Monday, February 21, 2011

Removing a beaver from a pond: Step 2

I made it out to the property yesterday to set up 2 Conibear 330's for the beaver. New sign was everywhere; so it is definitely still around. I had a lot of help from one of the moderators over at The Pondboss forum. I am not sure I would have safely figured out how to set them, or place them properly. He had a simple rope method to set the springs that left our digits out of the danger areas if it should trip. The traps were set in places where the beaver was entering and leaving the water with the trap's top just higher than the water level. We used sticks to block off any other routes to the spot making the beaver go through the trap. A little pile of mud was placed at the shoreline and a twig was some castor lure was stuck in its top. Now it is a waiting game until the beaver decides to use those two pathways or investigate the lure. I hope step 3 will be the removal of a beaver from a trap and not resetting traps to catch a wiley beaver or more beavers; so stay tuned.

Monday, February 7, 2011

Removing a beaver from a pond: Step 1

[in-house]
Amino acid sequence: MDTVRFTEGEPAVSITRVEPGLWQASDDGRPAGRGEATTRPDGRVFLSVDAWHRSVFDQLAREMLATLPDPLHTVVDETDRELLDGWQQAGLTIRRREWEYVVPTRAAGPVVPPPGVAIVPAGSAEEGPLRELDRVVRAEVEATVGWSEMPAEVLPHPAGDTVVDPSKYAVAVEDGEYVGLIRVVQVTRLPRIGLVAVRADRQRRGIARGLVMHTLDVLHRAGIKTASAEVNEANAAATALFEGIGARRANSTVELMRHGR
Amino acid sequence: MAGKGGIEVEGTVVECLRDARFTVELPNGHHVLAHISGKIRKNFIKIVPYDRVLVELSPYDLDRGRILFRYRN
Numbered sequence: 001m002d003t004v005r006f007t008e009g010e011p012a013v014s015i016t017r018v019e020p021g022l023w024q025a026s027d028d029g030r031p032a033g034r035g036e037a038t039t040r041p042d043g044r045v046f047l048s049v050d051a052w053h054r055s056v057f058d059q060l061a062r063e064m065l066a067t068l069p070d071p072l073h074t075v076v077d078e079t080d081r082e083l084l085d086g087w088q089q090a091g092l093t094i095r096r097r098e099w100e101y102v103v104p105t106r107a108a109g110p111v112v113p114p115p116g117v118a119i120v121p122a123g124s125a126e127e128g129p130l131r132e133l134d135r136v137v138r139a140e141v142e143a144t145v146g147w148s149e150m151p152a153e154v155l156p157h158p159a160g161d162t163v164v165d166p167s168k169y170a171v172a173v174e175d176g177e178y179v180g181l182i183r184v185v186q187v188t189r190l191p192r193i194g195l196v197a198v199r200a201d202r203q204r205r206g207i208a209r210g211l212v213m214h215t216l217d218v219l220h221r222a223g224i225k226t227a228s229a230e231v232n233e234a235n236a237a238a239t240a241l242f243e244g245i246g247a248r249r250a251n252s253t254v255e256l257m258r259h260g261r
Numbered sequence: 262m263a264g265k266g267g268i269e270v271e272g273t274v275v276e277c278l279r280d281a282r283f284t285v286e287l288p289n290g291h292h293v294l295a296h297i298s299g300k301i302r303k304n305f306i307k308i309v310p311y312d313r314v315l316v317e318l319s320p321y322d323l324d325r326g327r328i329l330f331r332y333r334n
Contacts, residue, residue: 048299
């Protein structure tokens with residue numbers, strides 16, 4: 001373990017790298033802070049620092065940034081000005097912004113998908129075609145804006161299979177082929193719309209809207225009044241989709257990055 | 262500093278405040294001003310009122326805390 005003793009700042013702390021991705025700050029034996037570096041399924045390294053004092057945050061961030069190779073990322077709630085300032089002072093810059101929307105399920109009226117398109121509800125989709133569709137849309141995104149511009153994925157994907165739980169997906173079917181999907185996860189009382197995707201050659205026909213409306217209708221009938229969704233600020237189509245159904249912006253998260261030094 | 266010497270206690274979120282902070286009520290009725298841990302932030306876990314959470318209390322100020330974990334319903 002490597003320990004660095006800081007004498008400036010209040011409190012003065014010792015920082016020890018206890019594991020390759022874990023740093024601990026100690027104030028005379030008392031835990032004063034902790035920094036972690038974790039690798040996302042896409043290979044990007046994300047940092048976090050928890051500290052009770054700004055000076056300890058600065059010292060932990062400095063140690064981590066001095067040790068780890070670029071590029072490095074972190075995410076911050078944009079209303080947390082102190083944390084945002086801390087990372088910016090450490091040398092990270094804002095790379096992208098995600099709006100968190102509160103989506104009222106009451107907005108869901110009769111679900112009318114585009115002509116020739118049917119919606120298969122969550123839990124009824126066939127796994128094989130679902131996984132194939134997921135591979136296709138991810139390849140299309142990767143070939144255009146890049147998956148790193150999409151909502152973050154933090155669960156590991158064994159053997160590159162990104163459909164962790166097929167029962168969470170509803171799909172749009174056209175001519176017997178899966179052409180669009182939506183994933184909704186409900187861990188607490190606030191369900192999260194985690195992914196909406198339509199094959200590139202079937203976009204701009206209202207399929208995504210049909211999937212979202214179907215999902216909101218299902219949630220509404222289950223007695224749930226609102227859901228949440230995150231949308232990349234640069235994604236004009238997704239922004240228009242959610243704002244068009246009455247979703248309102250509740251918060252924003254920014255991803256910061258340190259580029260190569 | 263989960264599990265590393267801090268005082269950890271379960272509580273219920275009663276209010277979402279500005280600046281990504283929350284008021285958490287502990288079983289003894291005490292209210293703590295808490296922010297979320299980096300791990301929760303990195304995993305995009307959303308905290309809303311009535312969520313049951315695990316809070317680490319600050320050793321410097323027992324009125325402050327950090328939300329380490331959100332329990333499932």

A beaver can wreak havoc on a forest. Providing one with a nice pond for a home increases the chances it will settle in for the long term. Unless you like the looks of the picture at left, making it leave or removal are the only options. Previous visiting beavers left because of the fluctuating pond water level. Beavers do not like changing water levels. The current resident beaver has pushed a little mud around and, combined with a little silting in of the spillway channel, has managed to establish a stable water level on the pond for now. It has set up a nice lodge on our dirt pile at the western shore. We have been lucky that the beaver seem to prefer the green ash and willow growing along the pond shore and have only chewed a few larger green ash junk trees in the forested areas. I could try to induce it to move, but that would require quite a bit of dirt work redigging the spillway channel. Digging the channel does not create the fluctuating water level, droughty summers combined with it do. The only guaranteed way is removal. Many do not recommend shooting as they get real hard to catch or shoot with a missed shot. Trapping is the solution I am going with. A couple of conibear 330's and a castor oil bait are on their way. I have had lots of help from the folks over at . In fact, one of the members may be able to help me out on site in setting the traps. These are large traps taht are dificult to set and can really hurt you; so I would not recommend setting one without help and first hand knowledge. You may also want to check up on any local laws dealing with fur bearing animals and trapping. I hope to provide the follow up post on the removed nuisance beaver in a few weeks.